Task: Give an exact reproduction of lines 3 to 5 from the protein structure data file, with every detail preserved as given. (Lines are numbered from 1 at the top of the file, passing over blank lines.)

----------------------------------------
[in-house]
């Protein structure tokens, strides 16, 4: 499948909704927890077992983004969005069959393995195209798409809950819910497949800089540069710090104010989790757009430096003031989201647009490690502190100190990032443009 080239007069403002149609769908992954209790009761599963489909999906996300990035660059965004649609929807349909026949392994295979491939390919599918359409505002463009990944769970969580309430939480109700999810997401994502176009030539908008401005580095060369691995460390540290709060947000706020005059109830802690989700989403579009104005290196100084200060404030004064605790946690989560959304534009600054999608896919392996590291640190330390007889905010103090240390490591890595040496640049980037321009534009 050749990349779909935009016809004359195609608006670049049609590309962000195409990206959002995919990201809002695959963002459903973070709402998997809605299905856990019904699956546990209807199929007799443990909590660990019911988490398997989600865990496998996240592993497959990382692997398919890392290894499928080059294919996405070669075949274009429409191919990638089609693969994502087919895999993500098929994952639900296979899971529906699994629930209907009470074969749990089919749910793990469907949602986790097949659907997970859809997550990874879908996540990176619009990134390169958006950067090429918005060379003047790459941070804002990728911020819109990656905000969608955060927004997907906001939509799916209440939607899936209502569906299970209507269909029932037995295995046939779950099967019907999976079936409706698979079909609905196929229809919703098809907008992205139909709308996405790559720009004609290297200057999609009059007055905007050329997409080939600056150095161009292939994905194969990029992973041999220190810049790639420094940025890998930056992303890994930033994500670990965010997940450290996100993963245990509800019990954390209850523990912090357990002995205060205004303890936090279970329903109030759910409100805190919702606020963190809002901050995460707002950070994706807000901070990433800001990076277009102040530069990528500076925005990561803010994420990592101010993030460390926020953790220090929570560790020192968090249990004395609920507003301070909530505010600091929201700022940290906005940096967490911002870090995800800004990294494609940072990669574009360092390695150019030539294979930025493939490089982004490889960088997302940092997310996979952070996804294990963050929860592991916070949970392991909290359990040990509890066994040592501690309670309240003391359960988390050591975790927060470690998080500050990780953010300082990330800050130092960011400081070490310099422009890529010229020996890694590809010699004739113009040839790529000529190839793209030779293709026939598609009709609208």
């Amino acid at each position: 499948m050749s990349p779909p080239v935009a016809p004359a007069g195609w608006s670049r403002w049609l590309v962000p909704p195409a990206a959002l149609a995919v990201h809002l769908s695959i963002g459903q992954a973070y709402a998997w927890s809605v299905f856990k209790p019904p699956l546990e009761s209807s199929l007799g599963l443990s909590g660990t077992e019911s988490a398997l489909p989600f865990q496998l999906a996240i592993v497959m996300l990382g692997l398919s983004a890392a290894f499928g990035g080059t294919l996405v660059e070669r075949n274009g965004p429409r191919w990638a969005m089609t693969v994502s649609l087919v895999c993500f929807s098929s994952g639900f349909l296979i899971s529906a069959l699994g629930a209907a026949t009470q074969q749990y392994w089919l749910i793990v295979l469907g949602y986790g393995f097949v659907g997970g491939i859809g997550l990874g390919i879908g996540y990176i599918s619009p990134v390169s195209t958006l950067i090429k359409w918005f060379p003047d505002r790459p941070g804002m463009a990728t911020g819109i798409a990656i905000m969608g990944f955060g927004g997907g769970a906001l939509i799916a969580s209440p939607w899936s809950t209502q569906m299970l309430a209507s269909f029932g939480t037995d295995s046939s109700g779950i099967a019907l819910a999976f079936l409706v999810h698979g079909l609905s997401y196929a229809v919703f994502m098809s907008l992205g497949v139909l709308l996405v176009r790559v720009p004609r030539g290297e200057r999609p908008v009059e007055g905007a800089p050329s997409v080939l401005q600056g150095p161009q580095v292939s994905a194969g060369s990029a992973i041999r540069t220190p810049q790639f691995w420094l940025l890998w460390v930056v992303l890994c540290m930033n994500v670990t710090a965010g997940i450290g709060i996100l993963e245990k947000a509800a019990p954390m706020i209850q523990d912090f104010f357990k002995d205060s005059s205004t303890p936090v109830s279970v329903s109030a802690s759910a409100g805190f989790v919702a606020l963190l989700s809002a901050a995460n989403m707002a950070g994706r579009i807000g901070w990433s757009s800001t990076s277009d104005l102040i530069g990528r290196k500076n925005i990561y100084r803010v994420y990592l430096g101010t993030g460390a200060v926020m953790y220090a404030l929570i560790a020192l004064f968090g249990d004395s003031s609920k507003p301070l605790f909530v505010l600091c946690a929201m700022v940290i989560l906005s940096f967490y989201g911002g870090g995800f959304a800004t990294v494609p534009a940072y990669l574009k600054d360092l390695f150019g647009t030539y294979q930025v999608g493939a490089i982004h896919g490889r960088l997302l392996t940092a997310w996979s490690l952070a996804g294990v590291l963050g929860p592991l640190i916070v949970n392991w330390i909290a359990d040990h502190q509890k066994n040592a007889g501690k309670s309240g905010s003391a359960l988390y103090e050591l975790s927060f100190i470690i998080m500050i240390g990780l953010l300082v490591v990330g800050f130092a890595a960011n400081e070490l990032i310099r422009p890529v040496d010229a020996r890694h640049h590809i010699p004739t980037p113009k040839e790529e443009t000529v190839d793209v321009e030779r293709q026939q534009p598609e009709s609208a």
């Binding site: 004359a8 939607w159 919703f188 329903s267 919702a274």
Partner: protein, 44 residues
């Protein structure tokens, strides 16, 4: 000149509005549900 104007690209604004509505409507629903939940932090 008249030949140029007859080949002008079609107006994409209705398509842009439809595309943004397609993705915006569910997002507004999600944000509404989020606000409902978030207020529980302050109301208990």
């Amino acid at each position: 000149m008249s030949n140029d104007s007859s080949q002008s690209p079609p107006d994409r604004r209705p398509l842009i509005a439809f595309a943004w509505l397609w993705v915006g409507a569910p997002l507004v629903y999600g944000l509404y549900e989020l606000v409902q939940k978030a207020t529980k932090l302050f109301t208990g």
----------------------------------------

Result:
């Amino acid at each position: 499948m050749s990349p779909p080239v935009a016809p004359a007069g195609w608006s670049r403002w049609l590309v962000p909704p195409a990206a959002l149609a995919v990201h809002l769908s695959i963002g459903q992954a973070y709402a998997w927890s809605v299905f856990k209790p019904p699956l546990e009761s209807s199929l007799g599963l443990s909590g660990t077992e019911s988490a398997l489909p989600f865990q496998l999906a996240i592993v497959m996300l990382g692997l398919s983004a890392a290894f499928g990035g080059t294919l996405v660059e070669r075949n274009g965004p429409r191919w990638a969005m089609t693969v994502s649609l087919v895999c993500f929807s098929s994952g639900f349909l296979i899971s529906a069959l699994g629930a209907a026949t009470q074969q749990y392994w089919l749910i793990v295979l469907g949602y986790g393995f097949v659907g997970g491939i859809g997550l990874g390919i879908g996540y990176i599918s619009p990134v390169s195209t958006l950067i090429k359409w918005f060379p003047d505002r790459p941070g804002m463009a990728t911020g819109i798409a990656i905000m969608g990944f955060g927004g997907g769970a906001l939509i799916a969580s209440p939607w899936s809950t209502q569906m299970l309430a209507s269909f029932g939480t037995d295995s046939s109700g779950i099967a019907l819910a999976f079936l409706v999810h698979g079909l609905s997401y196929a229809v919703f994502m098809s907008l992205g497949v139909l709308l996405v176009r790559v720009p004609r030539g290297e200057r999609p908008v009059e007055g905007a800089p050329s997409v080939l401005q600056g150095p161009q580095v292939s994905a194969g060369s990029a992973i041999r540069t220190p810049q790639f691995w420094l940025l890998w460390v930056v992303l890994c540290m930033n994500v670990t710090a965010g997940i450290g709060i996100l993963e245990k947000a509800a019990p954390m706020i209850q523990d912090f104010f357990k002995d205060s005059s205004t303890p936090v109830s279970v329903s109030a802690s759910a409100g805190f989790v919702a606020l963190l989700s809002a901050a995460n989403m707002a950070g994706r579009i807000g901070w990433s757009s800001t990076s277009d104005l102040i530069g990528r290196k500076n925005i990561y100084r803010v994420y990592l430096g101010t993030g460390a200060v926020m953790y220090a404030l929570i560790a020192l004064f968090g249990d004395s003031s609920k507003p301070l605790f909530v505010l600091c946690a929201m700022v940290i989560l906005s940096f967490y989201g911002g870090g995800f959304a800004t990294v494609p534009a940072y990669l574009k600054d360092l390695f150019g647009t030539y294979q930025v999608g493939a490089i982004h896919g490889r960088l997302l392996t940092a997310w996979s490690l952070a996804g294990v590291l963050g929860p592991l640190i916070v949970n392991w330390i909290a359990d040990h502190q509890k066994n040592a007889g501690k309670s309240g905010s003391a359960l988390y103090e050591l975790s927060f100190i470690i998080m500050i240390g990780l953010l300082v490591v990330g800050f130092a890595a960011n400081e070490l990032i310099r422009p890529v040496d010229a020996r890694h640049h590809i010699p004739t980037p113009k040839e790529e443009t000529v190839d793209v321009e030779r293709q026939q534009p598609e009709s609208a």
């Binding site: 004359a8 939607w159 919703f188 329903s267 919702a274």
Partner: protein, 44 residues